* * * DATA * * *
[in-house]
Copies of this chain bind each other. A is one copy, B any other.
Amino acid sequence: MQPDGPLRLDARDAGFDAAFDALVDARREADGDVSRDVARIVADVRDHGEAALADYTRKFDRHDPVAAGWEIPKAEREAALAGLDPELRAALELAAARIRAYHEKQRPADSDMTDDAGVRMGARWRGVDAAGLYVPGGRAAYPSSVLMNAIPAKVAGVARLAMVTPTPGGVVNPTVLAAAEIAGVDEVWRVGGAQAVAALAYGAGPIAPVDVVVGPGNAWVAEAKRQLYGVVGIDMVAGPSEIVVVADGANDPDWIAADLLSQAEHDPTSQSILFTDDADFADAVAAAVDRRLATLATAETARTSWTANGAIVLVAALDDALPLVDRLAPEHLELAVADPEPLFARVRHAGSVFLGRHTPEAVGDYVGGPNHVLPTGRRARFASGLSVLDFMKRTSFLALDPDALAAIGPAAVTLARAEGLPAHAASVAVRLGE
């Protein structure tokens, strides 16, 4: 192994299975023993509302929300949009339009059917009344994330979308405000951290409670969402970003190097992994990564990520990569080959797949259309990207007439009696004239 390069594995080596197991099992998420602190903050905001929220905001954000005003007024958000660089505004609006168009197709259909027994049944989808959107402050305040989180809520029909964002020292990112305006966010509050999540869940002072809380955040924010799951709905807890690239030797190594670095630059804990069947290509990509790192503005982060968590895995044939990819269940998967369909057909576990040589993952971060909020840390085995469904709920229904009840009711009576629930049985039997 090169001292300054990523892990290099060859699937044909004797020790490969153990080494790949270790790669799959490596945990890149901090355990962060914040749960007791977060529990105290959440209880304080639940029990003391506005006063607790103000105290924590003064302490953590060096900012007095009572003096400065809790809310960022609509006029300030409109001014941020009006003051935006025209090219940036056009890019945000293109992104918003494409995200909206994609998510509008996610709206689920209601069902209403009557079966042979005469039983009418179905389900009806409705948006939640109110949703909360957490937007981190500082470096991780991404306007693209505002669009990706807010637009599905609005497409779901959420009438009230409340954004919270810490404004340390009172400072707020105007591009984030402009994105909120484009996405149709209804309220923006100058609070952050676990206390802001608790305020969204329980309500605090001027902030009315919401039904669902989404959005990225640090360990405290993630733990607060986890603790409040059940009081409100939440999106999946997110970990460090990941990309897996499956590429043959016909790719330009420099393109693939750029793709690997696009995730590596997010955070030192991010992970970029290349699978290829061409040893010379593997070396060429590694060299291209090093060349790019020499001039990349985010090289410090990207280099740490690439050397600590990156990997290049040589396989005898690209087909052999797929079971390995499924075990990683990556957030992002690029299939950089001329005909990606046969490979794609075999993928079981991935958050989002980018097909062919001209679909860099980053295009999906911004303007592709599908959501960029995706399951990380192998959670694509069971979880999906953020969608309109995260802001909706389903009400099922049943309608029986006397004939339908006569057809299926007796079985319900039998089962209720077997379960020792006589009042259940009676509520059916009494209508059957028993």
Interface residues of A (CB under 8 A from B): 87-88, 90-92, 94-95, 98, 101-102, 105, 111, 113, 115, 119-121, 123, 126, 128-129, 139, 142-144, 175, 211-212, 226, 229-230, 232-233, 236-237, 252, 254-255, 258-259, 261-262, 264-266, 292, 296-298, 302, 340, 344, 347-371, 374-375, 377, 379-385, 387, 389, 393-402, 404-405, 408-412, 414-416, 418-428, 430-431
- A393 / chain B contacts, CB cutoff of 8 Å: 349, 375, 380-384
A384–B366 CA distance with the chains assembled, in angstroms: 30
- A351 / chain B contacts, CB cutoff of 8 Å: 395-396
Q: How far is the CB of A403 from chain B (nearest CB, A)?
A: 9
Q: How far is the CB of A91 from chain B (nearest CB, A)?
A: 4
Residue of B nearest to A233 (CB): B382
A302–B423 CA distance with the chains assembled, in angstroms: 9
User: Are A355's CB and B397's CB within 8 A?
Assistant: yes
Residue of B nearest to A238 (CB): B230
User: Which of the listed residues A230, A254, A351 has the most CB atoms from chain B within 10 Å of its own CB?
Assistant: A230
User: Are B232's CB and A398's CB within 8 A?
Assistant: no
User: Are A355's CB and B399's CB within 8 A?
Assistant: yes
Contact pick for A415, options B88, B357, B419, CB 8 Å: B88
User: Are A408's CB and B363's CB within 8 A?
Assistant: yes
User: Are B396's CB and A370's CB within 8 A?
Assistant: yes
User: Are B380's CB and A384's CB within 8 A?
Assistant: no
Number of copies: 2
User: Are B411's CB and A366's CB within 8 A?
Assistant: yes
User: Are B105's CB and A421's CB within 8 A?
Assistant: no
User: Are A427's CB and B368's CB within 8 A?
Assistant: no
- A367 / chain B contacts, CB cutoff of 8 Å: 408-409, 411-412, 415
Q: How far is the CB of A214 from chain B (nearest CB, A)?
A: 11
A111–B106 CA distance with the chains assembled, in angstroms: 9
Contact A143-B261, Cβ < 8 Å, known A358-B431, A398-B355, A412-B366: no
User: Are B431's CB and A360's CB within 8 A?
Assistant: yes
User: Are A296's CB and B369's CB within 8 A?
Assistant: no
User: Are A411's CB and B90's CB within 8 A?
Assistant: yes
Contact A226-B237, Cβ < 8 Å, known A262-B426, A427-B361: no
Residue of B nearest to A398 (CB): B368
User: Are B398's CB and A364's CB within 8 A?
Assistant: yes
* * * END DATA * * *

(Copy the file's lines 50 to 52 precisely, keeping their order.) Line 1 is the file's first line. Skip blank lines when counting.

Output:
Residue of B nearest to A398 (CB): B368
User: Are B398's CB and A364's CB within 8 A?
Assistant: yes